Saint Laurent Rive Droite Exhibits Works by Photographer James Barnor
In addition to the exhibition, Barnor will be joined by fellow photographer Campbell Addy where they will discuss various topics.
With a career spanning over six decades, photographer James Barnor is a renowned figure in the history of photography. The Ghanian creative’s lenses have witnessed and immortalised important societal events. In his home country, Ghana, his studio in Accra was where black and white portraits were taken against the backdrop of a nation preparing to claim its sovereignty.
Besides being a portraitist, Barnor was a photojournalist and photographed prominent figures such as Kwame Nkrumah, Ghana’s first leader following its independence; Princess Marina, Duchess of Kent; and Vice-President Richard Nixon among others. In the 1960s, Barnor relocated to London, where he pursued future studies in photography and settled down, and during this period, he was also contributing to Drum magazine. His contribution to the magazine helped to reconceive the standard for the delicate representation of Black beauty, grace and style.
At 93, he’s still young at heart and is involved in photography. For the new exhibition of Saint Laurent Rive Droite stores in Paris and Los Angeles, creative director Anthony Vaccarello invites Barnor to showcase a selection of photographs with the support of Galerie Clémentine de La Féronnière.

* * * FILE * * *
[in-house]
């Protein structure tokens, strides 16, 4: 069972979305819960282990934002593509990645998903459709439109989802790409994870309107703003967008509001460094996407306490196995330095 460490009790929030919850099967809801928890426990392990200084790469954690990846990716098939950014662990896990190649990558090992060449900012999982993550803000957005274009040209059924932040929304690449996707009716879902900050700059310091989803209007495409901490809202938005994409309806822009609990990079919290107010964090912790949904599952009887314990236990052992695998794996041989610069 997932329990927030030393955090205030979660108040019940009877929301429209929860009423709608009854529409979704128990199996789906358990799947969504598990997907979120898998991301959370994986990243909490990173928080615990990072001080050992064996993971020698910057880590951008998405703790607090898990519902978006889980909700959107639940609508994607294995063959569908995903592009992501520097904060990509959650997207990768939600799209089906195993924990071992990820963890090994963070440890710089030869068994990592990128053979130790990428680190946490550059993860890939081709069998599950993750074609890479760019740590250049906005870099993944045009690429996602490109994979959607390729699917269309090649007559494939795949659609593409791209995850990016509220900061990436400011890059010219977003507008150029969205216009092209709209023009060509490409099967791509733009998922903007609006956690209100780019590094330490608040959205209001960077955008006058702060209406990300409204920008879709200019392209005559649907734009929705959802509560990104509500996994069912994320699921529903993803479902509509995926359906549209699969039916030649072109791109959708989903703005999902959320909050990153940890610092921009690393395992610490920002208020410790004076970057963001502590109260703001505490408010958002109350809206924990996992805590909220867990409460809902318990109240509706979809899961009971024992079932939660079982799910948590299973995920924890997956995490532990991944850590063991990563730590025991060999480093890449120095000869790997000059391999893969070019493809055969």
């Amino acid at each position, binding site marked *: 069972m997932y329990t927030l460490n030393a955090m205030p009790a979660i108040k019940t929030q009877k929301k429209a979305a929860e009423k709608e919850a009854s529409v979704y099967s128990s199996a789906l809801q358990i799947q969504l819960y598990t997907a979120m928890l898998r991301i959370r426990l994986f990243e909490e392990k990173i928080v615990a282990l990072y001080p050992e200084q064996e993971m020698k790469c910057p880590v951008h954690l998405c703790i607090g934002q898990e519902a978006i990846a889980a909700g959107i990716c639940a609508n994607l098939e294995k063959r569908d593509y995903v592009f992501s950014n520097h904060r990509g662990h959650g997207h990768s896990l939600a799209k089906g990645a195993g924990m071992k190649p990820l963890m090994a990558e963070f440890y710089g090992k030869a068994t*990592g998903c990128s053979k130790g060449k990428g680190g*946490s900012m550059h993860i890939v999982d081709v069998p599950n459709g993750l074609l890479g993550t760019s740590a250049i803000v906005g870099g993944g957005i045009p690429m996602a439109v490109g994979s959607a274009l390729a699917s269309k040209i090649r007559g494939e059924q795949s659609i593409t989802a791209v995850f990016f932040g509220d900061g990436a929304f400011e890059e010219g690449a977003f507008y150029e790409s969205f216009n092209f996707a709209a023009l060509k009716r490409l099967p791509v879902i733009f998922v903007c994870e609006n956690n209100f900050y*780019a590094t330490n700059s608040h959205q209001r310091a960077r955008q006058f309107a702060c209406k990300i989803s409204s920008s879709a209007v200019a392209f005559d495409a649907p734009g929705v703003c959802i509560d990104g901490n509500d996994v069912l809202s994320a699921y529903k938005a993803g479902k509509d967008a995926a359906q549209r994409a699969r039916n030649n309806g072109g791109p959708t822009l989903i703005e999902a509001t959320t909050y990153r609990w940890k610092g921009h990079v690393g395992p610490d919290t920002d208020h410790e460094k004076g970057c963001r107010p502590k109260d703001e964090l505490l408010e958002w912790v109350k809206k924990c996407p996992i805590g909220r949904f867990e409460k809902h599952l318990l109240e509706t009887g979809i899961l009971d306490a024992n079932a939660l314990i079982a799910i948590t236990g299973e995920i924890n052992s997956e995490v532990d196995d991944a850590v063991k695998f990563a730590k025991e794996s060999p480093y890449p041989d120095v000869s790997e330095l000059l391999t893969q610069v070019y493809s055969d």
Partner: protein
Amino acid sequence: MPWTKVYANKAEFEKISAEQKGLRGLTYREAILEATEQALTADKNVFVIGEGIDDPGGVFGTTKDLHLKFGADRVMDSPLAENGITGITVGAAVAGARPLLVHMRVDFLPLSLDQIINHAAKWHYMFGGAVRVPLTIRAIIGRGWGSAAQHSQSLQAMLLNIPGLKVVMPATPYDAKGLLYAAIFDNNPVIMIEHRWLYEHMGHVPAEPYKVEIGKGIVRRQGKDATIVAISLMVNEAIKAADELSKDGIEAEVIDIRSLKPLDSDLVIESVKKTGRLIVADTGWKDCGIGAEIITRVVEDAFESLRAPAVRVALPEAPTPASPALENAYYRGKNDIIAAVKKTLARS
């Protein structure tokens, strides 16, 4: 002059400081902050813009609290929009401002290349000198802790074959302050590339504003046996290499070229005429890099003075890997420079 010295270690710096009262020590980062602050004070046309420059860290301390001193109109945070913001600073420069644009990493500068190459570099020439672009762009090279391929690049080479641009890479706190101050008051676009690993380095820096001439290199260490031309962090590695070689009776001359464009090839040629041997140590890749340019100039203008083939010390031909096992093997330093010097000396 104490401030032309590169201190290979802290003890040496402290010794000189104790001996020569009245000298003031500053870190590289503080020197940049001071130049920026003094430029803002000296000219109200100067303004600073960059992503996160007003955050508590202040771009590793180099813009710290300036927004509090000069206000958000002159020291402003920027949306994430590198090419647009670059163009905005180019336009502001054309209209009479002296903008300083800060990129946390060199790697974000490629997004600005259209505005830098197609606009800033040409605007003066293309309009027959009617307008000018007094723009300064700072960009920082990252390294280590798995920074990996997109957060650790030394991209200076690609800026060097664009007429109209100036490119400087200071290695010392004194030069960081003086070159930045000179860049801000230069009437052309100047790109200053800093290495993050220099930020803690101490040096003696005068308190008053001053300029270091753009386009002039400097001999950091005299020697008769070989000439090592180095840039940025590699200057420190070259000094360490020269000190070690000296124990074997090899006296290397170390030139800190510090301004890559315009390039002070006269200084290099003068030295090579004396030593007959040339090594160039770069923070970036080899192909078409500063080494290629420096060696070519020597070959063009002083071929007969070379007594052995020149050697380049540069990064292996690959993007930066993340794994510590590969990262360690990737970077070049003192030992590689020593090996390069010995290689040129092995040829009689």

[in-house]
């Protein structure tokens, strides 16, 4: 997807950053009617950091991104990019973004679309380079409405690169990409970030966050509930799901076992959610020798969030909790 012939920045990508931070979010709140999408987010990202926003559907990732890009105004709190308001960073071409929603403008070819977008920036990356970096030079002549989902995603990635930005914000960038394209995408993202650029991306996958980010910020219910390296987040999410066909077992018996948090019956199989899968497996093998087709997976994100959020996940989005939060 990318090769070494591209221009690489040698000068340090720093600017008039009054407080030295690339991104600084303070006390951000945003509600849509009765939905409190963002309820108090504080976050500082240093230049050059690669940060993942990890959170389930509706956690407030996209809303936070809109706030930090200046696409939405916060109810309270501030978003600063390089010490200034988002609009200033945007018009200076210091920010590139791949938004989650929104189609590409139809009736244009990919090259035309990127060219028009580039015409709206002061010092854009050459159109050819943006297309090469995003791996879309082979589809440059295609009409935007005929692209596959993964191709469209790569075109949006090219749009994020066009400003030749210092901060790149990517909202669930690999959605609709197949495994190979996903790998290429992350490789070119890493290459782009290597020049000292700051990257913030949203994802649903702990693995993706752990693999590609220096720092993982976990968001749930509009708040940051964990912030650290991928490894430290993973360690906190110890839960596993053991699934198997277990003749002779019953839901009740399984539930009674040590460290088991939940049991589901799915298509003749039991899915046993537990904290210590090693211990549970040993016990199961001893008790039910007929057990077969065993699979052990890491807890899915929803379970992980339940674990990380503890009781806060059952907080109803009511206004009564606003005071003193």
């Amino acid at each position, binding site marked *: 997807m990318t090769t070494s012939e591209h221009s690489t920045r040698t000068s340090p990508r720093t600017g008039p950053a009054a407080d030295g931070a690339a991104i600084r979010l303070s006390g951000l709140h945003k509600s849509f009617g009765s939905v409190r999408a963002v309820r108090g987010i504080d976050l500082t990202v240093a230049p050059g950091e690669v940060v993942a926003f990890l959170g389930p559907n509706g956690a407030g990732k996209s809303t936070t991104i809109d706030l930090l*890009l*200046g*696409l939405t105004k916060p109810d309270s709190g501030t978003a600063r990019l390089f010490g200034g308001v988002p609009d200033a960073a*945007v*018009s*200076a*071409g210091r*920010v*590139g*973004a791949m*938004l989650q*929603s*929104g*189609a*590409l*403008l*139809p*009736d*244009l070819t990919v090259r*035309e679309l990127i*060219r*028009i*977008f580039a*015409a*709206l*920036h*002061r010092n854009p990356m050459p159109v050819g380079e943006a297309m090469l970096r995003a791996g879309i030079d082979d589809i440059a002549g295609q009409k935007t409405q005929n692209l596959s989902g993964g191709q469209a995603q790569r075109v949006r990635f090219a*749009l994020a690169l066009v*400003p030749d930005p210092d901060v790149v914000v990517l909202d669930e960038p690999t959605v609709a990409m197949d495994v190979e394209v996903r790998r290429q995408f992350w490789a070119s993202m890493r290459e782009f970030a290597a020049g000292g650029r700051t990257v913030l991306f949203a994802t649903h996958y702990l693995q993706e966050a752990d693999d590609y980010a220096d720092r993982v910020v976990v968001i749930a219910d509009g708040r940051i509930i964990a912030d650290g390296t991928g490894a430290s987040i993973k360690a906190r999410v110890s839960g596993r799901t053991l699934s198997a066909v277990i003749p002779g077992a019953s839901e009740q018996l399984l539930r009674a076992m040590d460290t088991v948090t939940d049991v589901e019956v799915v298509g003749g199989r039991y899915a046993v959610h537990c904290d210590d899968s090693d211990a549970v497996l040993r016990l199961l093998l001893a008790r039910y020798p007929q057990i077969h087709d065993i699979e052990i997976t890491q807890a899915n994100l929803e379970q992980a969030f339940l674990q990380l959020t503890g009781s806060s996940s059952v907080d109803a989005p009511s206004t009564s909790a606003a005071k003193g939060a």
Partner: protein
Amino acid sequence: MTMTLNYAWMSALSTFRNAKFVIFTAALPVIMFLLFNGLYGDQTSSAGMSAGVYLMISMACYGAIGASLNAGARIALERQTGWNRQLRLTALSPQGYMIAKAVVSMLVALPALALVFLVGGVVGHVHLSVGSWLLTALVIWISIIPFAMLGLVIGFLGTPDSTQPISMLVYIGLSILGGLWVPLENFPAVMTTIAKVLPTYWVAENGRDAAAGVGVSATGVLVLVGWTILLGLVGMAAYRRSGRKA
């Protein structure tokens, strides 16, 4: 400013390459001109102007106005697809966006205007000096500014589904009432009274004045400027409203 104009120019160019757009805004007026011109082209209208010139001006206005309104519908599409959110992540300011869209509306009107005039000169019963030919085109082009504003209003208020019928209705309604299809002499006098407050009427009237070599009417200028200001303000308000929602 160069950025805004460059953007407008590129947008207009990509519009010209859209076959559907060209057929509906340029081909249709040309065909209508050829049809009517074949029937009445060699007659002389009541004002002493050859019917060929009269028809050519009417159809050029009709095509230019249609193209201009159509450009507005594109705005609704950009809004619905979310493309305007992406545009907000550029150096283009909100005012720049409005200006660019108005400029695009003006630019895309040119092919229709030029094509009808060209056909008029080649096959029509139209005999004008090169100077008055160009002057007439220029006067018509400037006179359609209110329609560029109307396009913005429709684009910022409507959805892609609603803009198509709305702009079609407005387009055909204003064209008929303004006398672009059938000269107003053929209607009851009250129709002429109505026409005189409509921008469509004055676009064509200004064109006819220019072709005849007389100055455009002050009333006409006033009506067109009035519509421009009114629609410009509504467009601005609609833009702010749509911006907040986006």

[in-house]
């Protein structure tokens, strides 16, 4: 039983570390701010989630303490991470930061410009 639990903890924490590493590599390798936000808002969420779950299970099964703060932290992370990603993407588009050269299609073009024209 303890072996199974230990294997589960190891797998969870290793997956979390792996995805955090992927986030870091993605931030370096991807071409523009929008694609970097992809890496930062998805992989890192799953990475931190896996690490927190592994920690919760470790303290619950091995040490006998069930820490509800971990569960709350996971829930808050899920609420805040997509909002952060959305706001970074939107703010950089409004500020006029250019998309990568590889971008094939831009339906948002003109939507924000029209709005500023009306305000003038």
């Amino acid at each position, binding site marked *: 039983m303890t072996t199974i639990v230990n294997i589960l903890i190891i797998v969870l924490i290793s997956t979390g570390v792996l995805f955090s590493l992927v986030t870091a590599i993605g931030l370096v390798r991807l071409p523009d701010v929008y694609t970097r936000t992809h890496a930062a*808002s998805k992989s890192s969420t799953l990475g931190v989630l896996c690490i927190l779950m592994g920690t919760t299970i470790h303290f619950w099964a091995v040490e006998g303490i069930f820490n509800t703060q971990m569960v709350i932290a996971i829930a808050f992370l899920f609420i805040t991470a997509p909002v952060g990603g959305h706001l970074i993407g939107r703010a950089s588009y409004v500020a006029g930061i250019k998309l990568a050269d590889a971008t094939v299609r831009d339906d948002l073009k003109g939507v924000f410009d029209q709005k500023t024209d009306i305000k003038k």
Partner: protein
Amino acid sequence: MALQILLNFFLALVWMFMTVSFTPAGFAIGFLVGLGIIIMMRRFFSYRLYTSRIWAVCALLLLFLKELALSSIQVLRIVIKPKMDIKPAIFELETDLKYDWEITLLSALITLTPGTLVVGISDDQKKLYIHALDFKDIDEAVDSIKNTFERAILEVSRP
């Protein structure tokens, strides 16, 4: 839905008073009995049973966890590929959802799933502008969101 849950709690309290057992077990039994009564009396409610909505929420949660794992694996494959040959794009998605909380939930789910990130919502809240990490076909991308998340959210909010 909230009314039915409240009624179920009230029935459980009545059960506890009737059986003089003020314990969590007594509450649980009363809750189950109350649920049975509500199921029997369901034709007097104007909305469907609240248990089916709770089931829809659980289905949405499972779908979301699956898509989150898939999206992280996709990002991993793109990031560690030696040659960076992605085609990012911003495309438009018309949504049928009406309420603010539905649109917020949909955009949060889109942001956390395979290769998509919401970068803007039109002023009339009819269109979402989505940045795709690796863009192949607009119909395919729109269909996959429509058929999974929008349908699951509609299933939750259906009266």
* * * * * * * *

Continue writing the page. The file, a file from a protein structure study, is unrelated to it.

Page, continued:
These images, in black and white and colours, serve as symbols of a vivid and fascinating Afro-modernism and offer an unexpected window into a strikingly contemporary and beautiful visual world. About 20 photographs will be exhibited in either of the Saint Laurent Droite locations such as “RUM MODEL”, “LONDON, C.1965-1966” or “DRUM COVER GIRL ERLIN IBRECK”, “KILBURN, LONDON,1966”. A catalogue of the exhibition will be available in the stores as well.
In addition to the exhibition, Barnor will be joined by fellow photographer Campbell Addy, and they will discuss various topics. From the former’s first steps into photography, his take on fashion imaging, his approach to black and white versus colour film, and the importance of passing knowledge to future generations, the duo’s conversation can be watched below.
Like Barnor, Addy is a Ghanaian-born British photographer. Addy, born in 1999, acknowledged James as his moral and artistic role model. Their connection is mutually enriching, and a beautiful example of the generational dialogue Barnor so poetically describes.
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